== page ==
Stephen Kraig
Think about your design cycle when doing a prototype. You know, If your design cycle is going to require significant amount of time doing debugging or doing firmware development on it, If you have a connector where you can leave your programmer connected and you could just sit on your computer and tip tap away to write your firmware, that is invaluable. Having to go to your board and connect and disconnect over and over and over is a nightmare after about the 3rd time. And anyone who's done any kind of extensive firmware development probably knows exactly what we're talking about here.

Parker Dillmann
Yeah. So put in make connectors for your test equipment that you can leave permanently kinda hooked up to your prototype. Because it also makes moving it around. Let's say you have all 30 of those probes on your prototype, and you're like, oh, I need to show this to, like, my director or my supervisor now. And you pick it up and you put it on their desk, and it doesn't work now anymore because you, like, jostled it in just the right way.

Parker Dillmann
When I was designing and programming snacky, the snack machine, I actually did the same thing, but I couldn't the the problem with snacky is it's a it's in a snack machine, so it's ginormous. So I bought a 40 foot long USB cable, which is way beyond the spec of what a USB cable should be able to handle, but it worked. And so I actually had my desktop plugged into Snacky, which was, like, you know, in the garage 40 feet away. So I could push firmware over and, like, walk over and see if it was working correctly or not. Hey.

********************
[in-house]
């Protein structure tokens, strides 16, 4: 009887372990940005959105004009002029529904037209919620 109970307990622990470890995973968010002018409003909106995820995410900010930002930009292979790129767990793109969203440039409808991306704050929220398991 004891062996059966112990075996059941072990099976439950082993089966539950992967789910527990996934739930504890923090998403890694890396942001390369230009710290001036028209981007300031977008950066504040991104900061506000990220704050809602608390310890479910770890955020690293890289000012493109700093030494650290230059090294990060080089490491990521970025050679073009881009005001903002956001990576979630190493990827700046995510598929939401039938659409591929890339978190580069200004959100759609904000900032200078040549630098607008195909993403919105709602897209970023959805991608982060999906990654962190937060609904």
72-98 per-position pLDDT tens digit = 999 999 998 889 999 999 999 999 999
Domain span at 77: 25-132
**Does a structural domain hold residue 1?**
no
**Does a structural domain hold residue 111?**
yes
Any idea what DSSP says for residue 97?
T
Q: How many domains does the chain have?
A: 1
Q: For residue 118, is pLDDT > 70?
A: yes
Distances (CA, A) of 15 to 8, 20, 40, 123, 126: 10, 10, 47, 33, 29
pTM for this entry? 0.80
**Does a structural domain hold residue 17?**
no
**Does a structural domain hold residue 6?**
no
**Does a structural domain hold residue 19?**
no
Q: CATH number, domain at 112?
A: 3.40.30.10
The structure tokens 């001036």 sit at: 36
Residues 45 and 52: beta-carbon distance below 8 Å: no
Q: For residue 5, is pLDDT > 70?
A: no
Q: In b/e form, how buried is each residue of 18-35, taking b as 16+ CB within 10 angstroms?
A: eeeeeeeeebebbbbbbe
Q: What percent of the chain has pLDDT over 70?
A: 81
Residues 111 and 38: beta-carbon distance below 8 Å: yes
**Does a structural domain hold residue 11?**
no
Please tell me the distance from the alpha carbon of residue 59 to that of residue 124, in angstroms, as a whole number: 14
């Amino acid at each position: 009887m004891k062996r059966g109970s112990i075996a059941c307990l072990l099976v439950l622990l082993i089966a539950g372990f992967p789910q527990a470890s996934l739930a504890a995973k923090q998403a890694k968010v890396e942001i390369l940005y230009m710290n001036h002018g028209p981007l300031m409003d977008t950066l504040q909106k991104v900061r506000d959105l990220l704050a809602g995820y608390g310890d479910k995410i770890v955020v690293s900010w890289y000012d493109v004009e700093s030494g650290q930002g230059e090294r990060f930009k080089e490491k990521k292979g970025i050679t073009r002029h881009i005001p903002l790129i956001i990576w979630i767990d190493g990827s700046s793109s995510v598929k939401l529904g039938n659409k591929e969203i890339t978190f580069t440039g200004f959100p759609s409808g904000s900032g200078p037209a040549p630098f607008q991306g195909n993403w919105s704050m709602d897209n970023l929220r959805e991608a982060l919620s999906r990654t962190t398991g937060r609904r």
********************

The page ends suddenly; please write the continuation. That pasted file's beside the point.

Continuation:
Stephen Kraig
That I mean, whatever works. Right? There's so much value in being able to leave your things connected, go press a few buttons and then enact some kind of a change. That makes life considerably easier. And Parker and I have discussed this particular brand many, many times on the podcast, but TagConnect is absolutely fantastic for their programming cables and their programming headers.

Stephen Kraig
Well, I guess you could it's not really a header because it's just a footprint. But being able to connect one of these cables into your board and leave it connected or use their pogo pin, their press on ones for, you know, in circuit programming for production style, Thinking about those earlier on in your prototype is incredibly valuable.

Parker Dillmann
You know, let's say you have a connector that's to a data bus or whatever whatever you think might be the problem, like, a UART line. Right? Well, at this stage, go ahead and any single kind of any single, like, IO line that you can think of, you should just put a test point on right now. Mhmm.